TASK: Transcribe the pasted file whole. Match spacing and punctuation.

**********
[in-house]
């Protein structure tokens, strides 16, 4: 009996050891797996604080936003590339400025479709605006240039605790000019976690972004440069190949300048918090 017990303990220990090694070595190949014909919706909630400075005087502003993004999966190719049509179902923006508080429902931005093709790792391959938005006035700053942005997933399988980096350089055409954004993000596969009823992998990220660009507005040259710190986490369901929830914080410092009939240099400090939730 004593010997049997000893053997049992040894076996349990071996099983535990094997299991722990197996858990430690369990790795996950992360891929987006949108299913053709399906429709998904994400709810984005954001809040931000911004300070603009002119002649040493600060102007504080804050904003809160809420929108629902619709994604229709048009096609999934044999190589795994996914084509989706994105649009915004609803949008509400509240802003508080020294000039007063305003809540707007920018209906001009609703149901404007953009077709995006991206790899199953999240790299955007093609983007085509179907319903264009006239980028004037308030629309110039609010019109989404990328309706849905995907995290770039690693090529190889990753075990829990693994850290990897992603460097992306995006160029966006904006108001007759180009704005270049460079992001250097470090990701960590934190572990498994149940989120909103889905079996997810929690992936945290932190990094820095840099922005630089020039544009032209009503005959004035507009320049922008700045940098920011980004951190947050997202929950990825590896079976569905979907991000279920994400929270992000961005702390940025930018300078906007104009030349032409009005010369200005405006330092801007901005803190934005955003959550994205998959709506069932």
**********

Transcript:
[in-house]
């Protein structure tokens, strides 16, 4: 009996050891797996604080936003590339400025479709605006240039605790000019976690972004440069190949300048918090 017990303990220990090694070595190949014909919706909630400075005087502003993004999966190719049509179902923006508080429902931005093709790792391959938005006035700053942005997933399988980096350089055409954004993000596969009823992998990220660009507005040259710190986490369901929830914080410092009939240099400090939730 004593010997049997000893053997049992040894076996349990071996099983535990094997299991722990197996858990430690369990790795996950992360891929987006949108299913053709399906429709998904994400709810984005954001809040931000911004300070603009002119002649040493600060102007504080804050904003809160809420929108629902619709994604229709048009096609999934044999190589795994996914084509989706994105649009915004609803949008509400509240802003508080020294000039007063305003809540707007920018209906001009609703149901404007953009077709995006991206790899199953999240790299955007093609983007085509179907319903264009006239980028004037308030629309110039609010019109989404990328309706849905995907995290770039690693090529190889990753075990829990693994850290990897992603460097992306995006160029966006904006108001007759180009704005270049460079992001250097470090990701960590934190572990498994149940989120909103889905079996997810929690992936945290932190990094820095840099922005630089020039544009032209009503005959004035507009320049922008700045940098920011980004951190947050997202929950990825590896079976569905979907991000279920994400929270992000961005702390940025930018300078906007104009030349032409009005010369200005405006330092801007901005803190934005955003959550994205998959709506069932």